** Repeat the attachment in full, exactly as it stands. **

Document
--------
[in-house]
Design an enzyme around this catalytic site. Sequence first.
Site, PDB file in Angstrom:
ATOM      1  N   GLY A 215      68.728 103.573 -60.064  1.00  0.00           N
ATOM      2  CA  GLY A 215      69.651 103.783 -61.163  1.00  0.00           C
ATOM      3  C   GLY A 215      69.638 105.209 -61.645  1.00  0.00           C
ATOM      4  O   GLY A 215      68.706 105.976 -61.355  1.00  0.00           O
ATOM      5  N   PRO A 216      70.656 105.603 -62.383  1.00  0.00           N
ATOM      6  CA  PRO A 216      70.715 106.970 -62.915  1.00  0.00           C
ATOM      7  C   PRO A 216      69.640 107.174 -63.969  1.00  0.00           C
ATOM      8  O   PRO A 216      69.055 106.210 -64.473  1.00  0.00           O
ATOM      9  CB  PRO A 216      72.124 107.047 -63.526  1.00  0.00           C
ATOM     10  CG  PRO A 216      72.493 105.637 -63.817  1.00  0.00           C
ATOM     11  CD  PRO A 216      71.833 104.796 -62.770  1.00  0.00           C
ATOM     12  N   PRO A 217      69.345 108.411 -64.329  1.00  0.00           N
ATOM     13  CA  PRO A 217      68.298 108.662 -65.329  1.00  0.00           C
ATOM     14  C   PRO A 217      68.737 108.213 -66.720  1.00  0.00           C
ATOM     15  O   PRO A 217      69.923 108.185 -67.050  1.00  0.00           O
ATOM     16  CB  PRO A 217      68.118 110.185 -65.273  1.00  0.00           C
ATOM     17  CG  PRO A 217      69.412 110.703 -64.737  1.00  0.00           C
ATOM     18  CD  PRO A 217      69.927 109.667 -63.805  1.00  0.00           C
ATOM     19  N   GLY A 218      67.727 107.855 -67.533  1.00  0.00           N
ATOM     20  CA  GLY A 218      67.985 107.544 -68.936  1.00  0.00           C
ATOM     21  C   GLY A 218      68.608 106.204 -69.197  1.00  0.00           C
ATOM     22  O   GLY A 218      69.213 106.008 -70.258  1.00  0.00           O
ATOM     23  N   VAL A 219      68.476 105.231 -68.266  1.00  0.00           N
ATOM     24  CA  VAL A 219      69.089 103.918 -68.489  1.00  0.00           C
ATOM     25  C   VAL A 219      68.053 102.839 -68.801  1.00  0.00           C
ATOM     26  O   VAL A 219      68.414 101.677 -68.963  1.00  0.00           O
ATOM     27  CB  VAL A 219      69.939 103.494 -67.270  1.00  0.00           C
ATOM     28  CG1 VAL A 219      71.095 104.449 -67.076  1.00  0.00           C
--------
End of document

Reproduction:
[in-house]
Design an enzyme around this catalytic site. Sequence first.
Site, PDB file in Angstrom:
ATOM      1  N   GLY A 215      68.728 103.573 -60.064  1.00  0.00           N
ATOM      2  CA  GLY A 215      69.651 103.783 -61.163  1.00  0.00           C
ATOM      3  C   GLY A 215      69.638 105.209 -61.645  1.00  0.00           C
ATOM      4  O   GLY A 215      68.706 105.976 -61.355  1.00  0.00           O
ATOM      5  N   PRO A 216      70.656 105.603 -62.383  1.00  0.00           N
ATOM      6  CA  PRO A 216      70.715 106.970 -62.915  1.00  0.00           C
ATOM      7  C   PRO A 216      69.640 107.174 -63.969  1.00  0.00           C
ATOM      8  O   PRO A 216      69.055 106.210 -64.473  1.00  0.00           O
ATOM      9  CB  PRO A 216      72.124 107.047 -63.526  1.00  0.00           C
ATOM     10  CG  PRO A 216      72.493 105.637 -63.817  1.00  0.00           C
ATOM     11  CD  PRO A 216      71.833 104.796 -62.770  1.00  0.00           C
ATOM     12  N   PRO A 217      69.345 108.411 -64.329  1.00  0.00           N
ATOM     13  CA  PRO A 217      68.298 108.662 -65.329  1.00  0.00           C
ATOM     14  C   PRO A 217      68.737 108.213 -66.720  1.00  0.00           C
ATOM     15  O   PRO A 217      69.923 108.185 -67.050  1.00  0.00           O
ATOM     16  CB  PRO A 217      68.118 110.185 -65.273  1.00  0.00           C
ATOM     17  CG  PRO A 217      69.412 110.703 -64.737  1.00  0.00           C
ATOM     18  CD  PRO A 217      69.927 109.667 -63.805  1.00  0.00           C
ATOM     19  N   GLY A 218      67.727 107.855 -67.533  1.00  0.00           N
ATOM     20  CA  GLY A 218      67.985 107.544 -68.936  1.00  0.00           C
ATOM     21  C   GLY A 218      68.608 106.204 -69.197  1.00  0.00           C
ATOM     22  O   GLY A 218      69.213 106.008 -70.258  1.00  0.00           O
ATOM     23  N   VAL A 219      68.476 105.231 -68.266  1.00  0.00           N
ATOM     24  CA  VAL A 219      69.089 103.918 -68.489  1.00  0.00           C
ATOM     25  C   VAL A 219      68.053 102.839 -68.801  1.00  0.00           C
ATOM     26  O   VAL A 219      68.414 101.677 -68.963  1.00  0.00           O
ATOM     27  CB  VAL A 219      69.939 103.494 -67.270  1.00  0.00           C
ATOM     28  CG1 VAL A 219      71.095 104.449 -67.076  1.00  0.00           C